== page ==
If Both Parents Share Custody, Does Anyone Pay Child Support?

Courts generally do not award someone custody without also making a child support order. If the child is with you physically but no custody order has been entered, then as long as paternity is established, either parent could take the child from the other and prohibit any visitation without it being a violation of a court order. Just having the child physically present with you is not the same as having court-ordered custody. In order to have custody, a court order must be entered. If neither party has obtained a custody order, the party with the child can still request that the Utah Office of Recovery Services administratively set a child support amount and begin collecting child support from the other parent. Usually, the Utah Office of Recovery Services, otherwise known as ORS, will only do this if it is undisputed that the child is primarily in the care of only one parent.

If both parents share custody, ORS may require evidence or some form of an agreement in order to make an administrative order for child support. However, either parent may file a petition for paternity or custody and in that petition, ask for a child support order. The court determines child support and even if the parties are sharing custody 50/50, a child support order may still enter. If one parent’s income is significantly greater than the other parent’s income, then even if the parties are sharing custody 50/50, the parent with the greater income will end up paying support to the other parent.

What Is The Process To Get Child Support Started?

Either party may file a petition for divorce, paternity, or custody requesting that a child support order is entered. Alternatively, even if a petition has not been filed, either party may file a request for an administrative order for child support from the Utah Office of Recovery Services. In order for ORS to establish and begin collecting child support, the requesting party needs to provide proof of the child’s existence and of paternity. If paternity has not been established, ORS can require the alleged father to undergo DNA testing to determine whether or not he is actually the child’s father. If the DNA test results demonstrate paternity, then ORS can begin collecting child support administratively.

How Is The Amount Of Child Support Determined?

Child support is based on the parties’ gross monthly incomes, the number of children, and the custody arrangements. Those incomes and the number of children are plugged into a formula that has been set up by the Utah State legislature. An online child support calculator is available, allowing anyone to enter their gross monthly incomes and number of children to determine what the child support amount will be. One other factor determines child support and that is the number of overnights the child spends with each parent. On the online child support calculator, there is a place to insert the number of overnights each parent receives. If a parent receives 111 overnights per year or more, they are determined to have joint physical custody and then the child support is calculated differently than custody situations where the noncustodial parent has fewer than 111 overnights per year. The custodial parent in that situation has sole physical custody. The greater number of overnights that the noncustodial parent has, the less child support they will pay.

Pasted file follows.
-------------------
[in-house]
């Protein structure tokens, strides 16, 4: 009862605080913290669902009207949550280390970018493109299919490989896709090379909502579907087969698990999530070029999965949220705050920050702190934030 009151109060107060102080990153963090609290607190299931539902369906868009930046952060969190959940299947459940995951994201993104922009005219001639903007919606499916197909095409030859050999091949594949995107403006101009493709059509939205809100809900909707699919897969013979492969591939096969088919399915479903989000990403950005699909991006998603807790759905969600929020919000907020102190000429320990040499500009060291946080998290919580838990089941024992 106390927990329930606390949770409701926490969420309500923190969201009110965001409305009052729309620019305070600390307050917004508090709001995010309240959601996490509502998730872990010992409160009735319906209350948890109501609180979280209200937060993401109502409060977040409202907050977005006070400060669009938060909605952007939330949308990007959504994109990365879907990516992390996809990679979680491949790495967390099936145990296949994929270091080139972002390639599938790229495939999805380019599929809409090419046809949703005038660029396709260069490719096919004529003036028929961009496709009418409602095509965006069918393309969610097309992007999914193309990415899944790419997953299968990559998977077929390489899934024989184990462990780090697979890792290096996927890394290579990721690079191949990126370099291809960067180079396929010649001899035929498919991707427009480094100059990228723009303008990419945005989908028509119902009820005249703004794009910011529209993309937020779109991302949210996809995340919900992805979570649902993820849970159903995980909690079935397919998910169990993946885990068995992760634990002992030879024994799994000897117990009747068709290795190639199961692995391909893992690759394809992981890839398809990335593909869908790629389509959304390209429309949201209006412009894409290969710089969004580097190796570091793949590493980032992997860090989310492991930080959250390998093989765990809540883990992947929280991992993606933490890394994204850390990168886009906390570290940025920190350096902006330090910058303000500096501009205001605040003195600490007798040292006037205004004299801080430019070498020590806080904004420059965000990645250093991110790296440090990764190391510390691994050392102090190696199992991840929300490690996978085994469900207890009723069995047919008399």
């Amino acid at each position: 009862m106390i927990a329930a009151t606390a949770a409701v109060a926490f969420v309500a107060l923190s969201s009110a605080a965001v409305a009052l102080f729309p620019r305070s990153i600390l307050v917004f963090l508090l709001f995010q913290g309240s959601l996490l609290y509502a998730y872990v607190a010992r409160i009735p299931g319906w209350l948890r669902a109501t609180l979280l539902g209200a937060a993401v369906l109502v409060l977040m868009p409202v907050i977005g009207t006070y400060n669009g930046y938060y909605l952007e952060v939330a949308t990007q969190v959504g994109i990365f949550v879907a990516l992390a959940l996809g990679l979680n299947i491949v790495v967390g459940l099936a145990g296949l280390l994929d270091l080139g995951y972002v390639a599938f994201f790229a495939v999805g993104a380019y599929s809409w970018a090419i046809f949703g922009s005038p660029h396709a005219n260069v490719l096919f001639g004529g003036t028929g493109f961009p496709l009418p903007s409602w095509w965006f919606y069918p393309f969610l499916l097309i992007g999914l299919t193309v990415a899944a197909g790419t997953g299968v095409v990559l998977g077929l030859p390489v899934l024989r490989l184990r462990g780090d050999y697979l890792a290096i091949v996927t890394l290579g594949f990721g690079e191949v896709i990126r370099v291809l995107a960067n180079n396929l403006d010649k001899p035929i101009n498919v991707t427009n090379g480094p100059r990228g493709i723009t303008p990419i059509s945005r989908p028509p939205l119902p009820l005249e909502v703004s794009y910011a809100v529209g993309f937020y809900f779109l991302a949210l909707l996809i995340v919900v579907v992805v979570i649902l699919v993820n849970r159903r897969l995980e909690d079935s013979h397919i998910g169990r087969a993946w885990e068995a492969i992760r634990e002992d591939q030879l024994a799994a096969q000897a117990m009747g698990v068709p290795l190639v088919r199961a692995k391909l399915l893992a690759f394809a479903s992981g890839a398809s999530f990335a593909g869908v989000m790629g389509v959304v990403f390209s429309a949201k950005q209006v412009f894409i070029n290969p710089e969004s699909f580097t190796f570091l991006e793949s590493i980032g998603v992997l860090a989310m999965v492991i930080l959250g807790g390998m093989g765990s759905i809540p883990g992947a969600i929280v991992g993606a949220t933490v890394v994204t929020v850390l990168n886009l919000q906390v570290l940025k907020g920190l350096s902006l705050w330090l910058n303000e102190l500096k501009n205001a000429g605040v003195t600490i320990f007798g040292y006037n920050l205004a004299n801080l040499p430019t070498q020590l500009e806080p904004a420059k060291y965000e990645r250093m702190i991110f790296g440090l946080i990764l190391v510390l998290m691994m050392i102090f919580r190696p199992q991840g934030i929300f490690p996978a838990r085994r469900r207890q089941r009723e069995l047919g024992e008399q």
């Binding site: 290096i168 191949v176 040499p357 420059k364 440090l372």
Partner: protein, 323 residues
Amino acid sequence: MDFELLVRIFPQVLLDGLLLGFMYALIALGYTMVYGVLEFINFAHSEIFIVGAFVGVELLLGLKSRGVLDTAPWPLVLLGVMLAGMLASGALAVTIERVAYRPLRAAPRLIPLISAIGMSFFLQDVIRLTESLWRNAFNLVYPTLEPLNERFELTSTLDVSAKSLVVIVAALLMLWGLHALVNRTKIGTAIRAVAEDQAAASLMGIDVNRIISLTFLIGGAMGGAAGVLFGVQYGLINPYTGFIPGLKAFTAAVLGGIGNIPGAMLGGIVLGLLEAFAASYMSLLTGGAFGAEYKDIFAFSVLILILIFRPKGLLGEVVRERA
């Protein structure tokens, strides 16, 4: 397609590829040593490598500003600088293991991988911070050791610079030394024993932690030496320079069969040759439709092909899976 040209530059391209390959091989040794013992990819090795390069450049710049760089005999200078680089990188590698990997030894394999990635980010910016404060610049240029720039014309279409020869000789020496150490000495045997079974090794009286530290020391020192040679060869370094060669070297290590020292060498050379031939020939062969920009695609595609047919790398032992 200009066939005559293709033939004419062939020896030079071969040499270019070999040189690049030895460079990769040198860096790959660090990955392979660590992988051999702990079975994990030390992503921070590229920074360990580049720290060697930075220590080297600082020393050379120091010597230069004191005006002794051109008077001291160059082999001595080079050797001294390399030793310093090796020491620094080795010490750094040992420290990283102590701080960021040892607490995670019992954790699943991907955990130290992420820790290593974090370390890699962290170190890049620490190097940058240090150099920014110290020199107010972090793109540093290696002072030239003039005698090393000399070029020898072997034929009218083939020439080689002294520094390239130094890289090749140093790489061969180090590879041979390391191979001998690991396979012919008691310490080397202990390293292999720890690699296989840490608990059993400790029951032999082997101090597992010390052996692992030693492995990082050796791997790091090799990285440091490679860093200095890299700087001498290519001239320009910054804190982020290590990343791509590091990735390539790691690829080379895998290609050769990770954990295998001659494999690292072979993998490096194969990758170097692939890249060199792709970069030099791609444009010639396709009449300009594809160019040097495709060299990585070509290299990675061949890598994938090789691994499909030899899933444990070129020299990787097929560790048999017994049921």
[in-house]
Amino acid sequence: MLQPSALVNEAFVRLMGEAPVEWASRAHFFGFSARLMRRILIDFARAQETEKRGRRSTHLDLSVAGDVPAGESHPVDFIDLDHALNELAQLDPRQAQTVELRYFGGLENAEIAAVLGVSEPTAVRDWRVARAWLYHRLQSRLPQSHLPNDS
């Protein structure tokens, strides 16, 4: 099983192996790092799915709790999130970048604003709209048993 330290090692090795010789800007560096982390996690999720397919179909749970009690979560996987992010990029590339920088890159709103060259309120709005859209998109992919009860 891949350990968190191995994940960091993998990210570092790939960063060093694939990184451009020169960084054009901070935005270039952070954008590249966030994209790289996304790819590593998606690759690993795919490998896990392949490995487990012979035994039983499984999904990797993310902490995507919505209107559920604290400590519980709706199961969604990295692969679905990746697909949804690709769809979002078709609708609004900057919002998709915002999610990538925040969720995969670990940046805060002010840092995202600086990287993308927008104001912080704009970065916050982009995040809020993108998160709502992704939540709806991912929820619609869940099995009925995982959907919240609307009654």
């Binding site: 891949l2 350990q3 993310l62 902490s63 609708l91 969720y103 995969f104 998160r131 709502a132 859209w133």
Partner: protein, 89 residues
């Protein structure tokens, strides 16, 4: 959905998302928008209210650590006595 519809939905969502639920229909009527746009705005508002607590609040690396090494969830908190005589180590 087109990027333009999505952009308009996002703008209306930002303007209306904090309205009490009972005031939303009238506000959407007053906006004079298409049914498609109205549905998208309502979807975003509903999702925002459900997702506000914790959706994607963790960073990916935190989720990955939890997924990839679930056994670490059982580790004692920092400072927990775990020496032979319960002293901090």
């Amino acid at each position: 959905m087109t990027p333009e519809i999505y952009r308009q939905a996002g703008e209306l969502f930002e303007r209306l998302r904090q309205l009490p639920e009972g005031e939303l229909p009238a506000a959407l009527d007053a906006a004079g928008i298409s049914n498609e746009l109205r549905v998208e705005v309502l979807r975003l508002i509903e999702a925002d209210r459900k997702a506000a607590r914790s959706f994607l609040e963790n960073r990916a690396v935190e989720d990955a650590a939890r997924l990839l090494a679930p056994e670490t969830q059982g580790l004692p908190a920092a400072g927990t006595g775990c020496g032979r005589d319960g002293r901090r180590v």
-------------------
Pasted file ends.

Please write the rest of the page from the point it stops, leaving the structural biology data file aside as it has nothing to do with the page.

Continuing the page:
Can The Amount Of Child Support Ever Be Adjusted?

If a court order is entered for child support, either party may request an adjustment if one party’s income or both parties’ incomes have significantly changed since the date of the last order. Often, it requires either a 30% change in one party’s income or a 10% change in the total child support amount, if it were to be recalculated. Those are not the only circumstances under which child support can change, but those are the most common. If a party’s earning ability has changed significantly, that may also justify a modification to the child support amount. Requests may also be made of ORS to administratively adjust child support.

For more information on Child Support In The State Of Utah, an initial consultation is your next best step. Get the information and legal answers you are seeking by calling (801) 616-3301 today.

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*Child Welfare Law Specialist Nat’l Assoc. of Counsel for Children